Sengupta: Thank you so much for having me today. I'm really excited to be in San Francisco. I don't get to come here that often, which is strange because I live in Los Angeles, but I do like to come whenever I can. For my talk today, I'm going to talk about the future of transportation, specifically on the things that I worked on that I think are kind of the up and coming thing, the thing that I'm working on now and what's going to happen in the future. I think part of my career has always been about just doing fun and exciting new things and all my degrees are in aerospace engineering, ever since I was a little kid, I loved science fiction. I actually am a Star Trek person versus a Star Wars person, but I knew since I was a little kid that I wanted to be involved in the space program, so that's why I decided to go the aerospace engineering route and I wanted to build technology. I got my Ph.D. in plasma propulsion systems. Has anyone heard of the mission called Dawn that's out in the main asteroid belt? My Ph.D. research actually was developing the ion engine technology for that mission. It actually flew and got it to a pretty cool place out in the main asteroid belt looking at Vesta and Ceres. I did that for about five years and then I kind of felt like I had done everything I could possibly do on that front, from a research perspective. My management asked me if I wanted to work on the next mission to Mars. There's very few engineers in the space program who'd be like, "No, I'm just not interested in that." And they're like, "We want you to do the supersonic parachute for it."
Developing countries suffer from traffic congestion, poorly planned road/rail networks, and lack of access to public transportation facilities. This context results in an increase in fuel consumption, pollution level, monetary losses, massive delays, and less productivity. On the other hand, it has a negative impact on the commuters feelings and moods. Availability of real-time transit information - by providing public transportation vehicles locations using GPS devices - helps in estimating a passenger's waiting time and addressing the above issues. However, such solution is expensive for developing countries. This paper aims at designing and implementing a crowd-sourced mobile phones-based solution to estimate the expected waiting time of a passenger in public transit systems, the prediction of the remaining time to get on/off a vehicle, and to construct a real time public transit schedule. Trans-Sense has been evaluated using real data collected for over 800 hours, on a daily basis, by different Android phones, and using different light rail transit lines at different time spans. The results show that Trans-Sense can achieve an average recall and precision of 95.35% and 90.1%, respectively, in discriminating lightrail stations. Moreover, the empirical distributions governing the different time delays affecting a passenger's total trip time enable predicting the right time of arrival of a passenger to her destination with an accuracy of 91.81%.In addition, the system estimates the stations dimensions with an accuracy of 95.71%.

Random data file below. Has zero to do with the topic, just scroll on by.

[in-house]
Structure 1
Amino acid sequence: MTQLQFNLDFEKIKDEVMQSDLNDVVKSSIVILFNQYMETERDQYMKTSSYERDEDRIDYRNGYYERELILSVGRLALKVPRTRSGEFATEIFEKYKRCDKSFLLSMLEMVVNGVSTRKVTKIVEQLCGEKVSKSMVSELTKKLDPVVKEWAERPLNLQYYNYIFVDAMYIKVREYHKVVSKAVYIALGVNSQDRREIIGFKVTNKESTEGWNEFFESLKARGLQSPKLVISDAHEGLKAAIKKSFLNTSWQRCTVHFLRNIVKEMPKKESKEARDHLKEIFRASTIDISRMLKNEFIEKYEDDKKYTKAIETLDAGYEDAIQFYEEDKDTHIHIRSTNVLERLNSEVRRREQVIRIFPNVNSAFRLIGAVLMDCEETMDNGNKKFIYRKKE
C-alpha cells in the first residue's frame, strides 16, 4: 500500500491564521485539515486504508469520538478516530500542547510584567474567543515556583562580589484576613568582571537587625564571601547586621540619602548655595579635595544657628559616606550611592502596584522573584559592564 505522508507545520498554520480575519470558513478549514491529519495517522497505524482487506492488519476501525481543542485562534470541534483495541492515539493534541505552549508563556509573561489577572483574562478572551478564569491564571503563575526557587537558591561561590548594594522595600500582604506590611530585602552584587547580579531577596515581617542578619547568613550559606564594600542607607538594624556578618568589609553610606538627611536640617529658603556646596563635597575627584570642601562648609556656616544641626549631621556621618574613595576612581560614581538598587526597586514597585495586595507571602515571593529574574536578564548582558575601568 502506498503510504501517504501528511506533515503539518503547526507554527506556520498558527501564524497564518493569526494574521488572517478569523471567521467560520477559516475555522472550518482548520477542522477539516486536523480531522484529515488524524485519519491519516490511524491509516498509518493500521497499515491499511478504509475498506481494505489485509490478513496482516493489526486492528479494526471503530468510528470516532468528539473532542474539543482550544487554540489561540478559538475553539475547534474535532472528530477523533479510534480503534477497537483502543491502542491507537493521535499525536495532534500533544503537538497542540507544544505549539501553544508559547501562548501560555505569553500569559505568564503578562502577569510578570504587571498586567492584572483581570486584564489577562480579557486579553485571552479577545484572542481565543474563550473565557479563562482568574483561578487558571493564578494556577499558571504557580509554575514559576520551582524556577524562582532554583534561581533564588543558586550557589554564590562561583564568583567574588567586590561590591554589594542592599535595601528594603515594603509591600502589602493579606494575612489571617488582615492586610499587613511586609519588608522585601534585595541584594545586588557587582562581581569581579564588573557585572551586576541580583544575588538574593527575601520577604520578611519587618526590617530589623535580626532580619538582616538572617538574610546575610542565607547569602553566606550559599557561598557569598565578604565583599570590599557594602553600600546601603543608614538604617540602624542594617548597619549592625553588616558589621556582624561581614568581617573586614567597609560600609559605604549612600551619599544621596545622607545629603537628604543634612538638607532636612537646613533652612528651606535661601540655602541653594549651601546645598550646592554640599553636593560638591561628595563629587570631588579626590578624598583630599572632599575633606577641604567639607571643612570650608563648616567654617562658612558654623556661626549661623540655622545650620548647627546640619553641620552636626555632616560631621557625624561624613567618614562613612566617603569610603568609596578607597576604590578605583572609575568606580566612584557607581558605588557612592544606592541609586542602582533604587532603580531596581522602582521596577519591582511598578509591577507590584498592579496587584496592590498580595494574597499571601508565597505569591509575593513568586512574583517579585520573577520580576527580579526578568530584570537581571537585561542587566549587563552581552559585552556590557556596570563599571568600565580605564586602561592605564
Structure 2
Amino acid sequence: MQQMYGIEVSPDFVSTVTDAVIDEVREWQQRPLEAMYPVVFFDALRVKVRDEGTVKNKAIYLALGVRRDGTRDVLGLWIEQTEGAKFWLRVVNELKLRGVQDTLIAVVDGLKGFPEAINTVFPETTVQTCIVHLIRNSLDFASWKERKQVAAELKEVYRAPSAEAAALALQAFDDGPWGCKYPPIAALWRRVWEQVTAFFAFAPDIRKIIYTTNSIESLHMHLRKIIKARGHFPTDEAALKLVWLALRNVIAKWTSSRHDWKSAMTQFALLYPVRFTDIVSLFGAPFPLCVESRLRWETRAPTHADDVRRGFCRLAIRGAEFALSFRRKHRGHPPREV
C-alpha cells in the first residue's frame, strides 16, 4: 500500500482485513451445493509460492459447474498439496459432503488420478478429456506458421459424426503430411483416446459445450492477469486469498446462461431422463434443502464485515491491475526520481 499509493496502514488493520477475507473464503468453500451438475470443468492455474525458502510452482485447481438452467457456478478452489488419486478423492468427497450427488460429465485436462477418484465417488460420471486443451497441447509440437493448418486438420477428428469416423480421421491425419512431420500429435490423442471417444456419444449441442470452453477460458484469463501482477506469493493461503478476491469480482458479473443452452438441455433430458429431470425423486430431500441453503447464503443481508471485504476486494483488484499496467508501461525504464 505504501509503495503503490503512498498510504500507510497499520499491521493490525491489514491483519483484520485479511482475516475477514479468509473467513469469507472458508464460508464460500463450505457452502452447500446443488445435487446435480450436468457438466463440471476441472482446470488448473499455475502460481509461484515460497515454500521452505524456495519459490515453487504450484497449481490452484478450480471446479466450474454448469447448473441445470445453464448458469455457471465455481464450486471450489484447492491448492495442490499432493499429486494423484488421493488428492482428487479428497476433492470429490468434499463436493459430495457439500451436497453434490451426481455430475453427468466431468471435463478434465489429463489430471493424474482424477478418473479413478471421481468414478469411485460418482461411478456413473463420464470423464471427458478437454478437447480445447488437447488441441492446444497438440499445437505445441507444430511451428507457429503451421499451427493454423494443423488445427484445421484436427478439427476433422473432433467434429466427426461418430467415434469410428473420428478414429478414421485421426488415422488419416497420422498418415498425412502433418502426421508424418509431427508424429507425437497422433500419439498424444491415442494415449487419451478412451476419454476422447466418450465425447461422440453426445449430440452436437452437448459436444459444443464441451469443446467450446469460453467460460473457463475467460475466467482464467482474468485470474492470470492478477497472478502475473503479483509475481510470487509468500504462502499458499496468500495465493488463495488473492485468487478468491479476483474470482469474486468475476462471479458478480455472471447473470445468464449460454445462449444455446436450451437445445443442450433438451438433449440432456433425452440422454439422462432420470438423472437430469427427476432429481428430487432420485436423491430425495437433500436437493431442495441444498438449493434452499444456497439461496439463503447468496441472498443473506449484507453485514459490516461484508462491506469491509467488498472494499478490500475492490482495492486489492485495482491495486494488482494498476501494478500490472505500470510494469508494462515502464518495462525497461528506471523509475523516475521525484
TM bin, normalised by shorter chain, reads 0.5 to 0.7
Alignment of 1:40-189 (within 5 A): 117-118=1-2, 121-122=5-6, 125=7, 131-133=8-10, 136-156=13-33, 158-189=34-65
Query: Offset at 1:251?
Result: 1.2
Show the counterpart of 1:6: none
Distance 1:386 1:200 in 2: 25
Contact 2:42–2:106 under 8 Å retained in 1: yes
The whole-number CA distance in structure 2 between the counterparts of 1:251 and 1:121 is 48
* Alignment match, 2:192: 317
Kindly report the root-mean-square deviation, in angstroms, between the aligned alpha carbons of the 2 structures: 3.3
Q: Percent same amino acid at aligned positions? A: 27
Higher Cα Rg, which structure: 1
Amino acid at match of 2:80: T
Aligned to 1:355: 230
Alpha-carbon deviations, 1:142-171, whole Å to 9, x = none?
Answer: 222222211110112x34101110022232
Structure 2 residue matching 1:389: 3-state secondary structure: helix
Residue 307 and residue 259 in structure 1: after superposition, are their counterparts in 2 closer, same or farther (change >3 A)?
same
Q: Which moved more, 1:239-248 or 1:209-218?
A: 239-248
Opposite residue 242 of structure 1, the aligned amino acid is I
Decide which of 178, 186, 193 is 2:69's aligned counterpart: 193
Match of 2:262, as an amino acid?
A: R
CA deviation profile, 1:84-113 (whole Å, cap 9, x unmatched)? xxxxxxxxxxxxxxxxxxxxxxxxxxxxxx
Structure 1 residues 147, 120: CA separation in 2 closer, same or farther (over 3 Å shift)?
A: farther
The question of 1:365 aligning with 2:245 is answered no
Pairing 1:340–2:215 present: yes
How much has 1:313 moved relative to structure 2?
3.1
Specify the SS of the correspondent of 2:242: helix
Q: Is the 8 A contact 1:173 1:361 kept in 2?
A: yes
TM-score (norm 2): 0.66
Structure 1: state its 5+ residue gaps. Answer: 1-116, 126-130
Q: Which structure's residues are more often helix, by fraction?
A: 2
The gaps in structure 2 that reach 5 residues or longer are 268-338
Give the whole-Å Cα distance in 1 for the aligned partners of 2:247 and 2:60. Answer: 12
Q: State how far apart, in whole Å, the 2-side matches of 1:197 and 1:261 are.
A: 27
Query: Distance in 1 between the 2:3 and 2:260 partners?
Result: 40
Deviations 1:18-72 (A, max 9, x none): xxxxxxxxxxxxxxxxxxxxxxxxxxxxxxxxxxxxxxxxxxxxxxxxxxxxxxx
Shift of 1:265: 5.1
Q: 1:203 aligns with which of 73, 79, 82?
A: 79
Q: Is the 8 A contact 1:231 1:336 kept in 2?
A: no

Rolnick, David, Donti, Priya L., Kaack, Lynn H., Kochanski, Kelly, Lacoste, Alexandre, Sankaran, Kris, Ross, Andrew Slavin, Milojevic-Dupont, Nikola, Jaques, Natasha, Waldman-Brown, Anna, Luccioni, Alexandra, Maharaj, Tegan, Sherwin, Evan D., Mukkavilli, S. Karthik, Kording, Konrad P., Gomes, Carla, Ng, Andrew Y., Hassabis, Demis, Platt, John C., Creutzig, Felix, Chayes, Jennifer, Bengio, Yoshua
Climate change is one of the greatest challenges facing humanity, and we, as machine learning experts, may wonder how we can help. Here we describe how machine learning can be a powerful tool in reducing greenhouse gas emissions and helping society adapt to a changing climate. From smart grids to disaster management, we identify high impact problems where existing gaps can be filled by machine learning, in collaboration with other fields. Our recommendations encompass exciting research questions as well as promising business opportunities. We call on the machine learning community to join the global effort against climate change.